• I want to take care of myself by cooking, taking more control over food selection and preparation, and feeling more involved with food in general; at the same time, I have a hard time generating any interest in food.  If I could eat something unflavored that didn’t require cooking but contained my caloric and nutritive needs for every meal, I would solve this problem simply by doing that.
  • I want to pursue a job that I will feel passionately about and enjoy doing; but I’ve faced so much rejection in applying for jobs that I felt I would have been perfect for, that instead of actively searching, I feel dejected and scared to continue putting myself out there.
  • I want to get more serious about my running and training; but my recent races and training periods have been so uneven that I don’t know if I should keep trying, or accept that maybe I’ve peaked.
  • I want to write for other websites, grow my blog’s readership, and expand what I’m doing here; but once again, I feel intimidated by the rejection I’ve experienced in the past.  Inquiries at other sites are, more often than not, unanswered, and I begin to wonder if maybe it’s a sign that I don’t have anything to offer.

On a day like today, when I have hours of time stretching out a head of me, there’s obviously an opportunity to try tracing different lines and patterns on that slate.  But the previous marks always manage to fool me into thinking they’re indelible, and that they represent the only path.  Breaking habits and thought patterns is not ever as easy as anyone thinks it will be, but I’ve been so unhappy for so long at this point that I feel it’s absolutely essential that I find some way to do it.  Is it just a question of trying harder?  Ignoring the previous marks, pretending those ghosts aren’t there and pushing blindly forward?  I don’t know, and maybe that’s why I’ve felt so stuck for so long.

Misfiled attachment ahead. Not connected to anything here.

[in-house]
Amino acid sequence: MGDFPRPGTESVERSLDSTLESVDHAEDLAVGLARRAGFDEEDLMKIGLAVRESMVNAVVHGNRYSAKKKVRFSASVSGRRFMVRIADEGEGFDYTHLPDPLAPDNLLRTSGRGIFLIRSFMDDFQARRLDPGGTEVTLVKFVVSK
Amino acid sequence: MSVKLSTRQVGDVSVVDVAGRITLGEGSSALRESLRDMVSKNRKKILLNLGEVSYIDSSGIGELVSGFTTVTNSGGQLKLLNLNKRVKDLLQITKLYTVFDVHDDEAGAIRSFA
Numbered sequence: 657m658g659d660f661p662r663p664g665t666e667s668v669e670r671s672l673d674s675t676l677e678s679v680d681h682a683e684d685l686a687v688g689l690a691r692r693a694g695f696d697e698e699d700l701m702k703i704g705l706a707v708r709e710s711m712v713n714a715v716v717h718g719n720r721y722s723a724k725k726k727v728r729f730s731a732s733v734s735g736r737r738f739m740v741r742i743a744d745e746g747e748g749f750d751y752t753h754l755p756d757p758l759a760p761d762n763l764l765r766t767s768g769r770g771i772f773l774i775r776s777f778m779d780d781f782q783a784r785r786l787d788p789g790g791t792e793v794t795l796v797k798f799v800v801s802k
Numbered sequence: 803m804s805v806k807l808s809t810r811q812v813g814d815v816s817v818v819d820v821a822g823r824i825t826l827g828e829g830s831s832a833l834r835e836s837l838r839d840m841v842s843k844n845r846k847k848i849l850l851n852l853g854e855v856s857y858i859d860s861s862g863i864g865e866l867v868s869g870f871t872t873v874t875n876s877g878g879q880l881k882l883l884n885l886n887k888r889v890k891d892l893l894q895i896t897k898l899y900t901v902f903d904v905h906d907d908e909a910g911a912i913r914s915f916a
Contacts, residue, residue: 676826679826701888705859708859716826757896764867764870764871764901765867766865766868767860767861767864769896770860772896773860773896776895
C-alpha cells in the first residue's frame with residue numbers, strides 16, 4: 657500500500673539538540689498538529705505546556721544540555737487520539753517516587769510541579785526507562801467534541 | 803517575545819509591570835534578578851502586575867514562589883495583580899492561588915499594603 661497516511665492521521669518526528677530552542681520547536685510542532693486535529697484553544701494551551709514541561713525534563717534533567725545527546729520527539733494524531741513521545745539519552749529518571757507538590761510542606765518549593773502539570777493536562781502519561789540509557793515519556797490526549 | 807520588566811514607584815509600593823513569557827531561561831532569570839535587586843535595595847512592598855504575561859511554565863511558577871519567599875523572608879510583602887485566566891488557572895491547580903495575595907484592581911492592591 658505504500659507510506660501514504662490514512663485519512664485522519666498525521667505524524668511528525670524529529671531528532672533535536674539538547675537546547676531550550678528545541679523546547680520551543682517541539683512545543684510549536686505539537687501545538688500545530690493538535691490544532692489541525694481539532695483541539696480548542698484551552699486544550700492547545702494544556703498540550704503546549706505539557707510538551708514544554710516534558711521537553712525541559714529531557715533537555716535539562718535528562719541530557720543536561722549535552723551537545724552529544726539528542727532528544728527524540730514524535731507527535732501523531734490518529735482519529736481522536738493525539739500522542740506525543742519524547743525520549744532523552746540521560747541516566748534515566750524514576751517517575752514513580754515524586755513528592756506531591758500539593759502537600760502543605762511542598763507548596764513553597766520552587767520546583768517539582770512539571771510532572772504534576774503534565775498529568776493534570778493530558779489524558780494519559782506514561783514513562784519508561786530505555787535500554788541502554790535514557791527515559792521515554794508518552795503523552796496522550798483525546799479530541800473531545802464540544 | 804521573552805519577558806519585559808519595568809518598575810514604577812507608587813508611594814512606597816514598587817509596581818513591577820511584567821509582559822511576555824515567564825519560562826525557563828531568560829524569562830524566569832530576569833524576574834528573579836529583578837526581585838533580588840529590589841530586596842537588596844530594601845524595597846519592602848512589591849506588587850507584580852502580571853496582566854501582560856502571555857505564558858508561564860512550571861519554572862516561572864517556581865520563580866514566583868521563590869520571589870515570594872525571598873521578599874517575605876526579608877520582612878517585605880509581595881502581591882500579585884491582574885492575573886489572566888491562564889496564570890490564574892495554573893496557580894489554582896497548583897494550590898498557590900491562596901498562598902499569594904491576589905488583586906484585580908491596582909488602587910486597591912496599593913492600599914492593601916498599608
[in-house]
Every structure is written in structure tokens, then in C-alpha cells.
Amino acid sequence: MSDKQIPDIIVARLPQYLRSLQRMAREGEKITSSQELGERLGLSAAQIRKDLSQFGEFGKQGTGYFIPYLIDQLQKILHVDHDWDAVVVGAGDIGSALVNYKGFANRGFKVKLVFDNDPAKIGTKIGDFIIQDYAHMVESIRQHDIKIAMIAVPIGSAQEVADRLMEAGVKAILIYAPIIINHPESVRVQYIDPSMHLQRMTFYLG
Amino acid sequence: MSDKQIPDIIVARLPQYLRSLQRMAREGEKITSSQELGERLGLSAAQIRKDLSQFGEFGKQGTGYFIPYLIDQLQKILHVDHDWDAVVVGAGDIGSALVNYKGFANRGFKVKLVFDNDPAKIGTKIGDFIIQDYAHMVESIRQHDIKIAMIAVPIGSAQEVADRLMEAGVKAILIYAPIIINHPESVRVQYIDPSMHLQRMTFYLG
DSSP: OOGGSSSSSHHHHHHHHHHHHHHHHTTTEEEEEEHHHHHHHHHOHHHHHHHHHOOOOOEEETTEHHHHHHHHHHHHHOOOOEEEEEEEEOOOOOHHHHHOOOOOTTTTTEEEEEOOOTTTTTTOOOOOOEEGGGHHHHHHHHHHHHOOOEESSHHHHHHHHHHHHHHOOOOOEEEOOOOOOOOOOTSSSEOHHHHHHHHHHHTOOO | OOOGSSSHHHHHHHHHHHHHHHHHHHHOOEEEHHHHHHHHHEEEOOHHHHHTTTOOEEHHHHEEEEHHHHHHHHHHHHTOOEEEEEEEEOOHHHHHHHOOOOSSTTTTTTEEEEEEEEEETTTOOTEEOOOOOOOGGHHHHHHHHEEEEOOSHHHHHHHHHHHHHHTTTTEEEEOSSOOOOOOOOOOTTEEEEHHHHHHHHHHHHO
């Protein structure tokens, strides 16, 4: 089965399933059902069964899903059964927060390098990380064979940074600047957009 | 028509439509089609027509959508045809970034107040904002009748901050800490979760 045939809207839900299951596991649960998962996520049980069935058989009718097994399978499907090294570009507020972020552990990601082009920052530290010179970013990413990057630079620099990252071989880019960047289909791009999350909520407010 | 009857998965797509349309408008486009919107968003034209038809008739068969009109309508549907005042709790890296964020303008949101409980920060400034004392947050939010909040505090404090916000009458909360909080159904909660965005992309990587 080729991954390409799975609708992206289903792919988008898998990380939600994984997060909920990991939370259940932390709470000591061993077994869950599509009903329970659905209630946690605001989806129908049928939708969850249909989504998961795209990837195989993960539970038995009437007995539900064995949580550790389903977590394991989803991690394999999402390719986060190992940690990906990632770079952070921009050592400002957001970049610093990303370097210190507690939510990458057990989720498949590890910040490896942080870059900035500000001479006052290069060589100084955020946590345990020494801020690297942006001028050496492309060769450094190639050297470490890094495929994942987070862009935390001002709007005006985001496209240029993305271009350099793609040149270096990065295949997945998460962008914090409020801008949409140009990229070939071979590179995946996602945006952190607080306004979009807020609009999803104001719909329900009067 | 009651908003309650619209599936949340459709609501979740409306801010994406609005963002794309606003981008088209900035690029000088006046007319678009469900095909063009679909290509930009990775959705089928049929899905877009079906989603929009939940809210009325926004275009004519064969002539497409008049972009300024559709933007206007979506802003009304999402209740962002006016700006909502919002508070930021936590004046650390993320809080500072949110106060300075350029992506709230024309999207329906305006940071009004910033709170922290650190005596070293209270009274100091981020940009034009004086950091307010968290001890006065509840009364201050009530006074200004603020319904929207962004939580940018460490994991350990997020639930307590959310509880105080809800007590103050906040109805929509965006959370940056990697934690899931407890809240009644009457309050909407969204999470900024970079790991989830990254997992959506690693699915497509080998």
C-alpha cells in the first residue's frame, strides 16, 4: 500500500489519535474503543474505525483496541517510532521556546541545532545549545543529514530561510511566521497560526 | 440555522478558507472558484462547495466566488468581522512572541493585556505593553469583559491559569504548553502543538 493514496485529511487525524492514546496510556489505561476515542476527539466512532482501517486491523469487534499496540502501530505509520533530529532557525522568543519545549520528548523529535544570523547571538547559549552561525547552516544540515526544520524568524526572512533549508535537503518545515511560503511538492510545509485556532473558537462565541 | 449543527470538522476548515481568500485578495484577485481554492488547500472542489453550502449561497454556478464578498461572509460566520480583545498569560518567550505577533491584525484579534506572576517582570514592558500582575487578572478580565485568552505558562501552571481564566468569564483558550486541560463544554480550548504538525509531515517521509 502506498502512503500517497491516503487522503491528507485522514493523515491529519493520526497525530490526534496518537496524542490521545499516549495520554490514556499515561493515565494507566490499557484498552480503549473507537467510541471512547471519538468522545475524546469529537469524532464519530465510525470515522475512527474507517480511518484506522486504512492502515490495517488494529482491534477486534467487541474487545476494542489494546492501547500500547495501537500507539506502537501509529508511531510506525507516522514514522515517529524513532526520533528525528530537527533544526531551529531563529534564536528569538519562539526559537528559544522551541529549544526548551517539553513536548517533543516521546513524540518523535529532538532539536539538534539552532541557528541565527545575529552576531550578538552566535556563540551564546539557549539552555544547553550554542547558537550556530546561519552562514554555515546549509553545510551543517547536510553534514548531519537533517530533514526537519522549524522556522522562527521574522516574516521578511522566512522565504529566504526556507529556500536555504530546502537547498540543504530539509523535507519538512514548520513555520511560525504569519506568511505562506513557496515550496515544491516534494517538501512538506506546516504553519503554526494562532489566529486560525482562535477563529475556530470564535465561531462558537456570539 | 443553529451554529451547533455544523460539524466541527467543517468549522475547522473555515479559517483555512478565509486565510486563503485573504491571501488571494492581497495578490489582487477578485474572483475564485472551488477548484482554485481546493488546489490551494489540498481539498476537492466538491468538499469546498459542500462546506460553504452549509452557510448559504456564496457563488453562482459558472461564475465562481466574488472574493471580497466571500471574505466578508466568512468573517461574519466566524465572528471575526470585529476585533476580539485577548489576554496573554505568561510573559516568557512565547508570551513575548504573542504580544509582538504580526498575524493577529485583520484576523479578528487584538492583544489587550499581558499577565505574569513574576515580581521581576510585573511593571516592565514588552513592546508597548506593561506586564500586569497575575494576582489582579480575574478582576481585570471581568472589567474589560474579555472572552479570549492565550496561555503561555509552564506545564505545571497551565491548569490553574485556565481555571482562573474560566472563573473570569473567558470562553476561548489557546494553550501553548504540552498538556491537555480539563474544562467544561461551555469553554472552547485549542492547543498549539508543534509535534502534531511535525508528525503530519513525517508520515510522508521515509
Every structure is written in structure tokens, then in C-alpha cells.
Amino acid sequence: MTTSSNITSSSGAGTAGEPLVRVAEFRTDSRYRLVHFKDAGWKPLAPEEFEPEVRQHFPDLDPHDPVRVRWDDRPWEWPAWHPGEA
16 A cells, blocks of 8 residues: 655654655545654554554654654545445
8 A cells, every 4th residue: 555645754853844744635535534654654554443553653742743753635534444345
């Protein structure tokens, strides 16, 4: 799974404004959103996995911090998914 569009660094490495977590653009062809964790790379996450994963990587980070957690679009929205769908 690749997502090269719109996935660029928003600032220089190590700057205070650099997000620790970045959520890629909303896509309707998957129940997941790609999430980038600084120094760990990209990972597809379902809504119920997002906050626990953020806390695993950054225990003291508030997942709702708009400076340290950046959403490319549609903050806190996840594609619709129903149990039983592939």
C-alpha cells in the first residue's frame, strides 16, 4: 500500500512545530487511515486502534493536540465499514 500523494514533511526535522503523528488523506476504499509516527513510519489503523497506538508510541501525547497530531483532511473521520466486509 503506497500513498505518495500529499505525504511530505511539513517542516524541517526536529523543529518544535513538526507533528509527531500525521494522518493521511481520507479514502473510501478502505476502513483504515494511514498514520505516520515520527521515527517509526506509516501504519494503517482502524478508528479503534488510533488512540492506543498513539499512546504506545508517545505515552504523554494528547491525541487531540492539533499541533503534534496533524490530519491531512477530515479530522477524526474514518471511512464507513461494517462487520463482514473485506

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5 comments

  1. Don’t worry, you’re not alone in those thoughts. I took a couple of months off of blogging for a while because I was feeling that way. I don’t think you should try to push those feelings out of the way or pretend they aren’t there because, honestly, that just doesn’t work. You might need to just give yourself a break, relax, and then get back to it when you’re rested. Not allowing yourself time to rest only cheats you and people who rely on you. Get some rest, read a book, and then come back full force. 🙂

    1. Thanks, Michelle. I think getting rest, reading a book, and coming back full force is great advice! You’re right that not getting rest you need just ends up cheating everyone.

  2. A break or changing up your routine can work wonders. You’ll come back refreshed and stronger than ever. Have you thought about focusing on yoga for a bit and coming back to running later? Maybe even blogging less for a bit? It’s hard to get out of a rut, but you can do it!

    1. Thanks for the encouragement! I’ve been thinking off and on that a break from running might be a good idea, and I’ve also thought of a short vacation from blogging as well. I think what I really need to do in both cases is get back to a point where both those things are fun activities, and not chores, which is what they sometimes seem like lately. I really like the idea of a change in routine, that may be exactly the path I need to take!